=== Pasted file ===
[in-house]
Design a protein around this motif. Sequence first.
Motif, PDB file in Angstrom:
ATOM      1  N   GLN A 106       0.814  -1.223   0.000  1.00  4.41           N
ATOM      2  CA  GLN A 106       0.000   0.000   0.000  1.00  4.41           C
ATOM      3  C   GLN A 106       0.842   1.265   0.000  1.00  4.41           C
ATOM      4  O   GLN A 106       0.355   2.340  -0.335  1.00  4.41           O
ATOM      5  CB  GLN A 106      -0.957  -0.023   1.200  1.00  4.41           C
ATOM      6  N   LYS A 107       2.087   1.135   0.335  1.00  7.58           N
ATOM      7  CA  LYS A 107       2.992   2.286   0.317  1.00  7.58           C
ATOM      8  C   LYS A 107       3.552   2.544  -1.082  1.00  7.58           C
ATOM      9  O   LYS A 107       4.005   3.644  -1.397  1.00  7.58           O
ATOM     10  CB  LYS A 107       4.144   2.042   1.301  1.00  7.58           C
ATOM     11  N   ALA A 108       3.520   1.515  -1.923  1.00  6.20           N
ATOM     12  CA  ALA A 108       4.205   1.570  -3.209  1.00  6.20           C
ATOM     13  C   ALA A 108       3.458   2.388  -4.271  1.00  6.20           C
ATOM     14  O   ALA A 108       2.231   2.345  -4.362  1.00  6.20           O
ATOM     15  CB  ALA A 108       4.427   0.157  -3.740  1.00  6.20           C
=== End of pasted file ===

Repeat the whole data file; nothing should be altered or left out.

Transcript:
[in-house]
Design a protein around this motif. Sequence first.
Motif, PDB file in Angstrom:
ATOM      1  N   GLN A 106       0.814  -1.223   0.000  1.00  4.41           N
ATOM      2  CA  GLN A 106       0.000   0.000   0.000  1.00  4.41           C
ATOM      3  C   GLN A 106       0.842   1.265   0.000  1.00  4.41           C
ATOM      4  O   GLN A 106       0.355   2.340  -0.335  1.00  4.41           O
ATOM      5  CB  GLN A 106      -0.957  -0.023   1.200  1.00  4.41           C
ATOM      6  N   LYS A 107       2.087   1.135   0.335  1.00  7.58           N
ATOM      7  CA  LYS A 107       2.992   2.286   0.317  1.00  7.58           C
ATOM      8  C   LYS A 107       3.552   2.544  -1.082  1.00  7.58           C
ATOM      9  O   LYS A 107       4.005   3.644  -1.397  1.00  7.58           O
ATOM     10  CB  LYS A 107       4.144   2.042   1.301  1.00  7.58           C
ATOM     11  N   ALA A 108       3.520   1.515  -1.923  1.00  6.20           N
ATOM     12  CA  ALA A 108       4.205   1.570  -3.209  1.00  6.20           C
ATOM     13  C   ALA A 108       3.458   2.388  -4.271  1.00  6.20           C
ATOM     14  O   ALA A 108       2.231   2.345  -4.362  1.00  6.20           O
ATOM     15  CB  ALA A 108       4.427   0.157  -3.740  1.00  6.20           C